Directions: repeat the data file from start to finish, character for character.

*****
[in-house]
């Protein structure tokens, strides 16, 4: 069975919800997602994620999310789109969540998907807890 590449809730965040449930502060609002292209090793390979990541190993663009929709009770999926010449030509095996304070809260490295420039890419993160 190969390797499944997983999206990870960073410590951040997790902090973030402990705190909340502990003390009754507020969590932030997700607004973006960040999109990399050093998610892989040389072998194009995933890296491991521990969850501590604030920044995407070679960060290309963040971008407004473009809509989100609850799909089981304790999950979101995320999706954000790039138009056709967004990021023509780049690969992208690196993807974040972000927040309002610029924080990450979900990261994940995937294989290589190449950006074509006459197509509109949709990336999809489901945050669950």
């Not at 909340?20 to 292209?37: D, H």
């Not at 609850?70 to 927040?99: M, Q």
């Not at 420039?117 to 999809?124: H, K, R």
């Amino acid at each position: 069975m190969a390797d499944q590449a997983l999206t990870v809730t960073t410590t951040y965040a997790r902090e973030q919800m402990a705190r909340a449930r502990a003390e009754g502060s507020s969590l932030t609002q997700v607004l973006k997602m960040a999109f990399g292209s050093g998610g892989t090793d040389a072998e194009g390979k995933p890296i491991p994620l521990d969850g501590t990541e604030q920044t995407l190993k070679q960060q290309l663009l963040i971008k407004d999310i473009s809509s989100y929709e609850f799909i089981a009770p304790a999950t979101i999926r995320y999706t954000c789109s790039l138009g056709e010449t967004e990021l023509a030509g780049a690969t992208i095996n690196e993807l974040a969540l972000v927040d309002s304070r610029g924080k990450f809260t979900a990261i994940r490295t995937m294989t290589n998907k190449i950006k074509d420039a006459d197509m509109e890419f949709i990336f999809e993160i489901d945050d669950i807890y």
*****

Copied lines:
[in-house]
């Protein structure tokens, strides 16, 4: 069975919800997602994620999310789109969540998907807890 590449809730965040449930502060609002292209090793390979990541190993663009929709009770999926010449030509095996304070809260490295420039890419993160 190969390797499944997983999206990870960073410590951040997790902090973030402990705190909340502990003390009754507020969590932030997700607004973006960040999109990399050093998610892989040389072998194009995933890296491991521990969850501590604030920044995407070679960060290309963040971008407004473009809509989100609850799909089981304790999950979101995320999706954000790039138009056709967004990021023509780049690969992208690196993807974040972000927040309002610029924080990450979900990261994940995937294989290589190449950006074509006459197509509109949709990336999809489901945050669950």
């Not at 909340?20 to 292209?37: D, H």
């Not at 609850?70 to 927040?99: M, Q």
């Not at 420039?117 to 999809?124: H, K, R």
């Amino acid at each position: 069975m190969a390797d499944q590449a997983l999206t990870v809730t960073t410590t951040y965040a997790r902090e973030q919800m402990a705190r909340a449930r502990a003390e009754g502060s507020s969590l932030t609002q997700v607004l973006k997602m960040a999109f990399g292209s050093g998610g892989t090793d040389a072998e194009g390979k995933p890296i491991p994620l521990d969850g501590t990541e604030q920044t995407l190993k070679q960060q290309l663009l963040i971008k407004d999310i473009s809509s989100y929709e609850f799909i089981a009770p304790a999950t979101i999926r995320y999706t954000c789109s790039l138009g056709e010449t967004e990021l023509a030509g780049a690969t992208i095996n690196e993807l974040a969540l972000v927040d309002s304070r610029g924080k990450f809260t979900a990261i994940r490295t995937m294989t290589n998907k190449i950006k074509d420039a006459d197509m509109e890419f949709i990336f999809e993160i489901d945050d669950i807890y």